Single leg romanian deadlift - a sure fire hit for the glute medius
I have a bit of an obsession with getting people's glute medius firing. All too often, people come in to see me complaining of undiagnosed knee ache. I don't diagnose them because I'm not qualified. I can guess at the root cause of what's up and if they refuse to get diagnosed, I do my best to improve their structural balance.
Just last week, one of my clients went in for treatment for knee pain with one of the go to guys at Athlete's Care. We've been working on her butt strength already. Sure enough her left glute medius wasn't firing and was inhibited. A shy bum needing a little accupuncture and stimulation.
I'm not saying the root cause of knee issues are the glutes. I'm just saying that poor glute medius strength can cause a lot of problems for us gals since the Q-angle from our hips to knees is more extreme than in the boys. Damn anatomical flaw designed to accommodate babies' heads through our pelvis.
"Women are more prone to several sports injuries than men based simply on biomechanical differences. One such difference is a wider pelvis in women then men. Many sports medicine experts have linked a wider pelvis to a larger "Q" (Quadriceps ) Angle - the angle at which the femur (upper leg bone) meets the tibia (lower leg bone)." The Q-Angle and Injuries in Women Athletes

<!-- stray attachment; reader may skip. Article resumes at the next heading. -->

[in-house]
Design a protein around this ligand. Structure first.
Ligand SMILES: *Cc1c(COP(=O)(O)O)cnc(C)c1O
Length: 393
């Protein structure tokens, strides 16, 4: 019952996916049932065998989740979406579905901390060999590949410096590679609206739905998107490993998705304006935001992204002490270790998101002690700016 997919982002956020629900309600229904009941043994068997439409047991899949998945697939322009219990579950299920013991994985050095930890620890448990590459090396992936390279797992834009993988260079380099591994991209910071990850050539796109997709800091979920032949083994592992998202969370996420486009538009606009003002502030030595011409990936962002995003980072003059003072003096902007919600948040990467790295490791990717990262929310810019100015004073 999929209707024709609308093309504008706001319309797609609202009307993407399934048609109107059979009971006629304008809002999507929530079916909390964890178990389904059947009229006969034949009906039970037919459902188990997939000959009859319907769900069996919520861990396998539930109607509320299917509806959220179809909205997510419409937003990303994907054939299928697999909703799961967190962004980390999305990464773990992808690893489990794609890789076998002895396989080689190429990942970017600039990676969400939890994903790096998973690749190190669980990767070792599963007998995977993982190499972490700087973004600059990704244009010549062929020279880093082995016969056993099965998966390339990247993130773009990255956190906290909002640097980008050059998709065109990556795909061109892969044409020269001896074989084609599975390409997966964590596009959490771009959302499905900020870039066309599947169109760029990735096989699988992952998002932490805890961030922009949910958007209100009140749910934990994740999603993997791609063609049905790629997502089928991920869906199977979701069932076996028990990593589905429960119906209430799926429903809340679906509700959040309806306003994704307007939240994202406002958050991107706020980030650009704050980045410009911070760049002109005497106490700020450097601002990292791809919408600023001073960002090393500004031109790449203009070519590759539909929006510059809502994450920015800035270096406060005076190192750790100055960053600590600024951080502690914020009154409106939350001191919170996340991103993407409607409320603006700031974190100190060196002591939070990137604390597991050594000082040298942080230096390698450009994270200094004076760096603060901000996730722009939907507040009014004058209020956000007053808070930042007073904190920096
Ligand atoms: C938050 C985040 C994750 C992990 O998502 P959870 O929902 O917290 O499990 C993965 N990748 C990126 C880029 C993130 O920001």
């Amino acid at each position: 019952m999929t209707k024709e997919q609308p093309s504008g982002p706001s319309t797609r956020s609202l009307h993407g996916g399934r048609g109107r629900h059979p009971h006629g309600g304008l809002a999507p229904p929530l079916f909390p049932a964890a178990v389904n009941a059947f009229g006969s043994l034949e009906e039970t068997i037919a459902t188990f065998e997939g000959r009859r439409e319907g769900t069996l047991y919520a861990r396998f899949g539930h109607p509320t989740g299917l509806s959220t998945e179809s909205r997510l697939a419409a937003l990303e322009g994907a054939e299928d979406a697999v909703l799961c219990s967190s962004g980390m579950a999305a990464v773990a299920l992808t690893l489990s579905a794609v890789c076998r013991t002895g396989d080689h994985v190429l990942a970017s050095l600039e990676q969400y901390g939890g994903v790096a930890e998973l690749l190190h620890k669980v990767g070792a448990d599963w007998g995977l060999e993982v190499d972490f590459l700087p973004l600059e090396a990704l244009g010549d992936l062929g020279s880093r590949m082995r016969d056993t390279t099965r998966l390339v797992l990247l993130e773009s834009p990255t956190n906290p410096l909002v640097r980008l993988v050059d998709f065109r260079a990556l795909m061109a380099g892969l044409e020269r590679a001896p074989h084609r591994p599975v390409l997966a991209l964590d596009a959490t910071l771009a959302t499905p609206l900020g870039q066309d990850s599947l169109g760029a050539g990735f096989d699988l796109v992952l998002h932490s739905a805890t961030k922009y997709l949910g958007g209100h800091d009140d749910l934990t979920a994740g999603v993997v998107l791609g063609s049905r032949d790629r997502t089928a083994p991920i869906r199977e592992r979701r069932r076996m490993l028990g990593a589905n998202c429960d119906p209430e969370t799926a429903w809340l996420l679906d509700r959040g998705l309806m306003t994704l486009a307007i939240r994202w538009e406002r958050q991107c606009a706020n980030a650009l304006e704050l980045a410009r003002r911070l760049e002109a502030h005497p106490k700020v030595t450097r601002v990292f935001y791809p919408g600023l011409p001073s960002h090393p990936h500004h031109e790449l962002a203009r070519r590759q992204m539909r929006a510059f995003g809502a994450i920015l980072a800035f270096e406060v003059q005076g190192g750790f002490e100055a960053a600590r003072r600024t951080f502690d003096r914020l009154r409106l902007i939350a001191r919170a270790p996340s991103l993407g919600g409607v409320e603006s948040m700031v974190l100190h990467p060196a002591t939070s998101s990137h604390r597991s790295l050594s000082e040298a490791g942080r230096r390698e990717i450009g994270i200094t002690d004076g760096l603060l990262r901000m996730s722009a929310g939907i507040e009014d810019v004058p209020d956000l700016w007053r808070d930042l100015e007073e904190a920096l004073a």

One of fave glute medius exercises in the single leg dead left as above. When someone nails it, the glute medius on the standing leg get's lit on fire and the core feels more integrated because to fire the glute medius, one has to fire up the transversus abdominus (TVA) or the hips will rotate open and the glute will remain asleep. And on top of that, you'll notice in the picture that the shoulder blade stabilizers have to engage or the weight of the dumbbell will pull the shoulder forward.
So all in all, I love this above exercise because it just gets the whole core integrated and working as a team. And let's remember that the core isn't the stomach. It's everything except the arms, legs and head.
Give it a got and let me know if you have any questions. If you pick the appropriate weight you should fatigue within 12 reps. Aim for 2-3 sets of 10-12 reps per leg. Don't be afraid to pick a challenging weight as long as you can integrate the whole body into the movement and don't lose a nice long spine and upper body alignment.
And thanks to Anna in the pics. I'm obsessed with her fantastic physique since she came to me 60 pounds heavier and now has ripped muscles. She's over forty, two kids and is in better shape than she's been in since her early 20s.